A broadly applicable dynamic model – Robbert Rottier (Sophia Children’s Hospital)

A dynamic cell model is a research setup that the consortium led by Robbert Rottier, senior researcher at the Pulmonology Department of the Sophia Children’s Hospital, will use for their research. Static lung systems are used a lot in today’s coronavirus research. The disadvantage of these models is that they only simulate the functioning of human lung cells to a limited extent. Therefore, Rottier’s team, together with professor Roman Truckenmüller from Maastricht University and the MERLN Institute, will produce a closed dynamic system. They will use an existing bioreactor to simultaneously culture human cells from both the epithelium of both the respiratory passages and blood vessels. By transporting microfluids through this, a dynamic system will arise. That can be used to better study the development and progression of our infections such as COVID-19. Through the collaboration with Truckenmüller, an expert in the area of nanotechnology and biochips, and the MERLN institute, this system can also be rapidly produced at a commercial scale and made available to laboratories. The team is also working on a protocol so that the model can be used without the need for extra training. According to Rottier, working on animal-free innovations has additional advantages: ‘Since we started working on this type of innovation, we have increasingly looked for alternatives within the research group, and our use of laboratory animals has decreased.’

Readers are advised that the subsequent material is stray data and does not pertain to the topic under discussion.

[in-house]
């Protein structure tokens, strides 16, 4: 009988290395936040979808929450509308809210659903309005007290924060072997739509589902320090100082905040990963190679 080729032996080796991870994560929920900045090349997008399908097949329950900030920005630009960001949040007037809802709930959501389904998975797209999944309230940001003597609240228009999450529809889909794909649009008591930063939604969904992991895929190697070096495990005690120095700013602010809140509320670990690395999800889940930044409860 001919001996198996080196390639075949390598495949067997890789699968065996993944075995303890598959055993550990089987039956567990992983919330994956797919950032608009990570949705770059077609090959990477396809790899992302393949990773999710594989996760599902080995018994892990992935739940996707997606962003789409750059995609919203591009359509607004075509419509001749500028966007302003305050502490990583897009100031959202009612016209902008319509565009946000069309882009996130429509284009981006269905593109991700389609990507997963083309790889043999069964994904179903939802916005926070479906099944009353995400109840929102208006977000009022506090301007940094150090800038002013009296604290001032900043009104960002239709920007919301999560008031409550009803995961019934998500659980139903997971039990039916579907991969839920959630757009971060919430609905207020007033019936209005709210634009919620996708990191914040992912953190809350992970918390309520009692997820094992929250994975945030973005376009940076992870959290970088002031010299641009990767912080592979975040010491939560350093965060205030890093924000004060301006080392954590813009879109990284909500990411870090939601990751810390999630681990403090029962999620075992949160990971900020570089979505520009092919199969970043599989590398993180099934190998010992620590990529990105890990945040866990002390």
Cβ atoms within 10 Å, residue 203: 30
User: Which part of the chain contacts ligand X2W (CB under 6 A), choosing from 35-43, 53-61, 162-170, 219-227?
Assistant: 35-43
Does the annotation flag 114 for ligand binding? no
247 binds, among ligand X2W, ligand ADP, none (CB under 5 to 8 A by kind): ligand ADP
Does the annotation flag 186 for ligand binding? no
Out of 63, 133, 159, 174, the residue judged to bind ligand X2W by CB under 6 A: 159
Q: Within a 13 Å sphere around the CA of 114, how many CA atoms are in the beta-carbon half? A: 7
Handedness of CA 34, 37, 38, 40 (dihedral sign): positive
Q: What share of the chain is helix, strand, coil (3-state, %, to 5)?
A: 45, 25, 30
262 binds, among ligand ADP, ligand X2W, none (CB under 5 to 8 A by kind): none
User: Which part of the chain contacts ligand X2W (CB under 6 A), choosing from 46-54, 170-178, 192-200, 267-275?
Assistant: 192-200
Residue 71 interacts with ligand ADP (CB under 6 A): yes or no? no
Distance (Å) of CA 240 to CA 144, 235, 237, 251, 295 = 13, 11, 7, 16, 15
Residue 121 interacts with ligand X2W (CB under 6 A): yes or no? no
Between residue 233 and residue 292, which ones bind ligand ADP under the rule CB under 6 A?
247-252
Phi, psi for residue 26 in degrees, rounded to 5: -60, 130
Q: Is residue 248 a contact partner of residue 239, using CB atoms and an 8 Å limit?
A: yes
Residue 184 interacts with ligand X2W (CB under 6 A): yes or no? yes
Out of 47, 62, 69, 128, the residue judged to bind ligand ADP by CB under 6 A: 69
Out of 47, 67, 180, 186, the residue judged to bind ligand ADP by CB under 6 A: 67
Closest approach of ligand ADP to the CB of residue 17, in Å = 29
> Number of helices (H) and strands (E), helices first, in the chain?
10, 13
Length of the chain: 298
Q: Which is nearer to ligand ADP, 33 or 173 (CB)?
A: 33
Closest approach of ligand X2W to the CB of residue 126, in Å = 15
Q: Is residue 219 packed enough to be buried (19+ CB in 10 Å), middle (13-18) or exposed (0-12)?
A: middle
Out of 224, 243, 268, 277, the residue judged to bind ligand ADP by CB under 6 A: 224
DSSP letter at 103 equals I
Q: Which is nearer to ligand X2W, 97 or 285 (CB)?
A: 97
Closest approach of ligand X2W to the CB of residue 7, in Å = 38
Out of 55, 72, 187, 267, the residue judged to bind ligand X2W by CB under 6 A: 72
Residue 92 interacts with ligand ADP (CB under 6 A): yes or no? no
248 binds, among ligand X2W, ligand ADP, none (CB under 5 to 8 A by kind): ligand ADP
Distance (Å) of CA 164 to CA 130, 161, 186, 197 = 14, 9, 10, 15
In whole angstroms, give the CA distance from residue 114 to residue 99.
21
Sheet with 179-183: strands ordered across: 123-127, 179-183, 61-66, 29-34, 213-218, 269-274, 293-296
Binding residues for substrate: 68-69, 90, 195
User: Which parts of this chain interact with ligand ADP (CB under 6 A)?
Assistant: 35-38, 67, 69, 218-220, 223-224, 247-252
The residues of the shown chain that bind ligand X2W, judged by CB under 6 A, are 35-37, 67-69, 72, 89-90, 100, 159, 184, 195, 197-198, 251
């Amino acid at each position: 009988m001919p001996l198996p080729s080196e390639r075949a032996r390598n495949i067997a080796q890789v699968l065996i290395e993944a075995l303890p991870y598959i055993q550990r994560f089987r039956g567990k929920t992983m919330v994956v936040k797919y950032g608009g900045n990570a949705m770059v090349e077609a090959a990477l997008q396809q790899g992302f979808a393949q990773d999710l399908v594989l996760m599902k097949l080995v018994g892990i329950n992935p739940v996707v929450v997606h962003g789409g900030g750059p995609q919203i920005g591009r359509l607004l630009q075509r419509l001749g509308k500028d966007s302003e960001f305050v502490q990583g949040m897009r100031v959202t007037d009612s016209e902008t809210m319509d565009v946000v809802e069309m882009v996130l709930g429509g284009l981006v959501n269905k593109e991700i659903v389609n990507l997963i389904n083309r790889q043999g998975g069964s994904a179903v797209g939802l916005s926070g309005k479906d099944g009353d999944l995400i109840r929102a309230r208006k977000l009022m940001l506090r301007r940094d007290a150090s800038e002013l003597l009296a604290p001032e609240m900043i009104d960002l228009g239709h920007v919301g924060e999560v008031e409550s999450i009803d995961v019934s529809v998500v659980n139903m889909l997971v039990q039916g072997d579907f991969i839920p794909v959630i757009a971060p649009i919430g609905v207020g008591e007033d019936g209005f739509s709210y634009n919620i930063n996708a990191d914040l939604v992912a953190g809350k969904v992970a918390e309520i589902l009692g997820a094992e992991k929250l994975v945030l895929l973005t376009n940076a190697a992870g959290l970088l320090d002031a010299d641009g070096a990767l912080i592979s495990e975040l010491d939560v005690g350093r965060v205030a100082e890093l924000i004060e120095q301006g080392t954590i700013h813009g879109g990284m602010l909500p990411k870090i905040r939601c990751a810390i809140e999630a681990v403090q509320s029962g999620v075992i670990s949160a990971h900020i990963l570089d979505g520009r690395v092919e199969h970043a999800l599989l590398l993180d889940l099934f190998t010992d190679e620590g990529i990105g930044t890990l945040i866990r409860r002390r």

Combining human cell models with genetic characteristics – Jeffrey Beekman (UMC Utrecht)